The Quran says about the Prophet,
“Indeed in the Messenger of Allah you have an excellent example to follow for him who hopes in (the Meeting with) Allah and the Last Day and remembers Allah much” (33:21). The Prophet was, in a way, a “living Quran.” When the Prophet’s wife Aishah was asked about his character and behavior, she replied, “His character was the Quran.”
There is a very important relationship between the Quran and the Sunnah.
The Sunnah demonstrates how the Quran is to be implemented. It is a practical explanation of what the Quran is teaching. It defines the morals, behaviors and laws of the Quran in such a way that its meaning becomes clear.
This complete, human embodiment of the teachings of the Quran is a great blessing and mercy for Muslims. It makes the guidance from God more complete and accessible to all.
Thus, the Quran and the Sunnah form one united unit that offers all the principles of guidance that humankind will need until the Day of Judgment.
The Quran, of course, comprises one book that can be captured in some two hundred pages or so. The Sunnah, on the other hand, is quite different, covering all of the statements and actions of the Prophet (peace and blessings of Allah be upon him). The Sunnah is captured in what is known as the hadith literature. A hadith is a report about what the Prophet (peace and blessings of Allah be upon him) said or did.
Muslim scholars recognized that the religion of Allah must be preserved properly. They also recognized that not everything attributed to the Prophet (peace and blessings of Allah be upon him) may be correct as even honest people can make mistakes. Hence, they meticulously and methodically studied the various hadith and statements ascribed to the Prophet (peace and blessings of Allah be upon him), sifting those that can be authenticated from those that cannot be authenticated. Thus, in Islamic law, not every hadith is considered an authority. Only those that can meet rigid standards of authenticity are considered authoritative. The scholars call these types of hadith sahih (authentic) or hasan (good). Unacceptable hadith are classified as daeef (weak), very weak or fabricated.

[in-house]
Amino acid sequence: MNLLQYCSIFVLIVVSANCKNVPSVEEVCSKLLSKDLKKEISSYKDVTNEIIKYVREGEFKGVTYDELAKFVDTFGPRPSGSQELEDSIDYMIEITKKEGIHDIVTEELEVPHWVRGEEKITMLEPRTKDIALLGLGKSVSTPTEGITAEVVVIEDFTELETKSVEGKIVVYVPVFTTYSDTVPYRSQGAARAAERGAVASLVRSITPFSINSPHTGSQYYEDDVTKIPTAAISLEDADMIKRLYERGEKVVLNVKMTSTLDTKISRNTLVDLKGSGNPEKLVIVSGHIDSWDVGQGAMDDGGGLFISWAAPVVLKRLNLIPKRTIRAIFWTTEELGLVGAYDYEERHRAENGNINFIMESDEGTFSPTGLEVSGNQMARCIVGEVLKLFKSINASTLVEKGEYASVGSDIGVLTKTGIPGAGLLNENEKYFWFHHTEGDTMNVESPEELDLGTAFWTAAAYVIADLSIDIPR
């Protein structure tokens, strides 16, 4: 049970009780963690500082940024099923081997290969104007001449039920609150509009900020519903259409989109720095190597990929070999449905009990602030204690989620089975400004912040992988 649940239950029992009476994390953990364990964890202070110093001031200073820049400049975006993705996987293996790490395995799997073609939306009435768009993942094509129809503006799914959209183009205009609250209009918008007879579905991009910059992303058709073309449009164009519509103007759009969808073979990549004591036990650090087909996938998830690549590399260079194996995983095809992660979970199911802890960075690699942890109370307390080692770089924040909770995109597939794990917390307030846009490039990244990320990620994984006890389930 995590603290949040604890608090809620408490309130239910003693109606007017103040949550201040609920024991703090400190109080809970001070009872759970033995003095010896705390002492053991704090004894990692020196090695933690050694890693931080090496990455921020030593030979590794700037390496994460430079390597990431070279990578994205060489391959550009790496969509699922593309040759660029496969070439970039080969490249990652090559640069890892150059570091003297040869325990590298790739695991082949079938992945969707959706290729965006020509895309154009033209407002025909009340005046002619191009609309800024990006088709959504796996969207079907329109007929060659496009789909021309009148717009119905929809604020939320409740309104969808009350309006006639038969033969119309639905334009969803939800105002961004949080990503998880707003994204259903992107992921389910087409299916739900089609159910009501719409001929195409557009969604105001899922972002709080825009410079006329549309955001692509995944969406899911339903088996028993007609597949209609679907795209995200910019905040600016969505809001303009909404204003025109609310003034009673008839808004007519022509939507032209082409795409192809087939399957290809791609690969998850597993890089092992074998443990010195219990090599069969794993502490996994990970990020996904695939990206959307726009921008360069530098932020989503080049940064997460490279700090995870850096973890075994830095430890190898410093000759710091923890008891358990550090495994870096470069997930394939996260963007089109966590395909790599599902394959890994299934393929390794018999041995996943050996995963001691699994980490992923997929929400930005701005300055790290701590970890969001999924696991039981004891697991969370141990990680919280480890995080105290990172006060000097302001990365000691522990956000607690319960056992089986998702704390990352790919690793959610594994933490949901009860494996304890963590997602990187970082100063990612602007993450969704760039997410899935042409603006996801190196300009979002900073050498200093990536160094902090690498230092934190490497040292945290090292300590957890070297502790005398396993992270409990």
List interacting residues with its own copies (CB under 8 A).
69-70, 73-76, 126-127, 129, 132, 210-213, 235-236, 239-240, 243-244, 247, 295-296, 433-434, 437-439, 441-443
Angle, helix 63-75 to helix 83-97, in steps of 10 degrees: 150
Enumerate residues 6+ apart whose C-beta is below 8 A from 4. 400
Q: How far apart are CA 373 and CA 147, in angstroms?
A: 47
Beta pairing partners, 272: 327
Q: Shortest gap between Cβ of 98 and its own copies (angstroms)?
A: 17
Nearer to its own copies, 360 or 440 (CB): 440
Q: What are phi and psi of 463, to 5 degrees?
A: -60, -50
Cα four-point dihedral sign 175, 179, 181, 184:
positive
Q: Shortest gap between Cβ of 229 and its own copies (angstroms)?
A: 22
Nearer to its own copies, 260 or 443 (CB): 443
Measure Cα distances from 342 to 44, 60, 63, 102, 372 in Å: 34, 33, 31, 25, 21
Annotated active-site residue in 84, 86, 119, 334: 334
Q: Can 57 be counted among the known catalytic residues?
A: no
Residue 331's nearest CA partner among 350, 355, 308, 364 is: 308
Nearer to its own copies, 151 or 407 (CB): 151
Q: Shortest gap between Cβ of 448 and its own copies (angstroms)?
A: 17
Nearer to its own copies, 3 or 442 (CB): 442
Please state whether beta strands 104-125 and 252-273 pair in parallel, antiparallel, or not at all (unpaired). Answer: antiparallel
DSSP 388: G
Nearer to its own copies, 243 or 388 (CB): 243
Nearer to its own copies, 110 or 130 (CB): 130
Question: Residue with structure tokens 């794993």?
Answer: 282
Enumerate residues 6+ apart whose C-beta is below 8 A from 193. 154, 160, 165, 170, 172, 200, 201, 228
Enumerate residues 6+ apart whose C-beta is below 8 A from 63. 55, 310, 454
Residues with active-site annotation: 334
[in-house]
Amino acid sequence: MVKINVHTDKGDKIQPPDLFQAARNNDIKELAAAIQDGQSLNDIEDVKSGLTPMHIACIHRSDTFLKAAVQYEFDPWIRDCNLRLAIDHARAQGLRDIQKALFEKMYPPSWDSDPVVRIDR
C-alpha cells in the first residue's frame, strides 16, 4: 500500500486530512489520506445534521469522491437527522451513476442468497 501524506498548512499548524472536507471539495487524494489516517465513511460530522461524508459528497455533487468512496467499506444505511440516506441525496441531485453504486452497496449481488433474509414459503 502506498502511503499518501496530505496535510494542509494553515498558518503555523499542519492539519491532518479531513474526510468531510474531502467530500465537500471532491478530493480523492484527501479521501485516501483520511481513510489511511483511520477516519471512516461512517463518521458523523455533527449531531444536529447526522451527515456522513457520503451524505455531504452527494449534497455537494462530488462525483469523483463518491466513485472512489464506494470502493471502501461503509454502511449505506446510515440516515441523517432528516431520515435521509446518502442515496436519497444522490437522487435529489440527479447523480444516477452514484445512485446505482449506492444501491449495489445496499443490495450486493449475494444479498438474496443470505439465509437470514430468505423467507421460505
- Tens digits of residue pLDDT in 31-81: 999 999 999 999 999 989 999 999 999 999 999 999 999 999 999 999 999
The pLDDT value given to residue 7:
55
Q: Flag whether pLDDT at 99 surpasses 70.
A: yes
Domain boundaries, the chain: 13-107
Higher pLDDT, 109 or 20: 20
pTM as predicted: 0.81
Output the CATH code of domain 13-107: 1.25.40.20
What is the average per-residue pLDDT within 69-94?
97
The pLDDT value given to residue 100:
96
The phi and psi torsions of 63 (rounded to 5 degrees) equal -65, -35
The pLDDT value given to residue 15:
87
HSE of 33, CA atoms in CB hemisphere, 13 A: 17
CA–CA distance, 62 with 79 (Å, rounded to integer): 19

Although the original Arabic texts of both the Quran and the Prophet’s sayings are available, one has to resort to modest translations to convey their meanings to non-Arabic speakers. With respect to the Quran, two translations in particular can be recommended. They are The Noble Quran: English Translation of the Meanings and Commentary, translated by al-Hilali and Khan , and The Quran: Arabic Text with Corresponding English Meaning, translated by “Saheeh International.” These two are recommended due to their translations being based upon the understanding of the Quran as can be traced back to the Prophet himself and his closest Companions.
To truly appreciate the depths of the Quran, one should also read a commentary of the Quran. Unfortunately, there are not a large number of excellent commentaries available in English—although there is a plethora of them in many other languages.
One very important work available in English is the ten-volume Tafsir ibn Kathir (Abridged). This is the translation of an abridgment of a classical work of Quranic commentary by ibn Kathir (1301-1372 C.E.) In his study of Quranic commentaries, Muhammad Hussein al Dhahabi calls this commentary one of the best of its kind. In this work, ibn Kathir follows the principles of Quranic commentary as elucidated by his teacher, the well-known ibn Taimiyyah. Perhaps the only drawback of this work is that it is a translation of a classic work and therefore was not written in a style that many today are most comfortable with.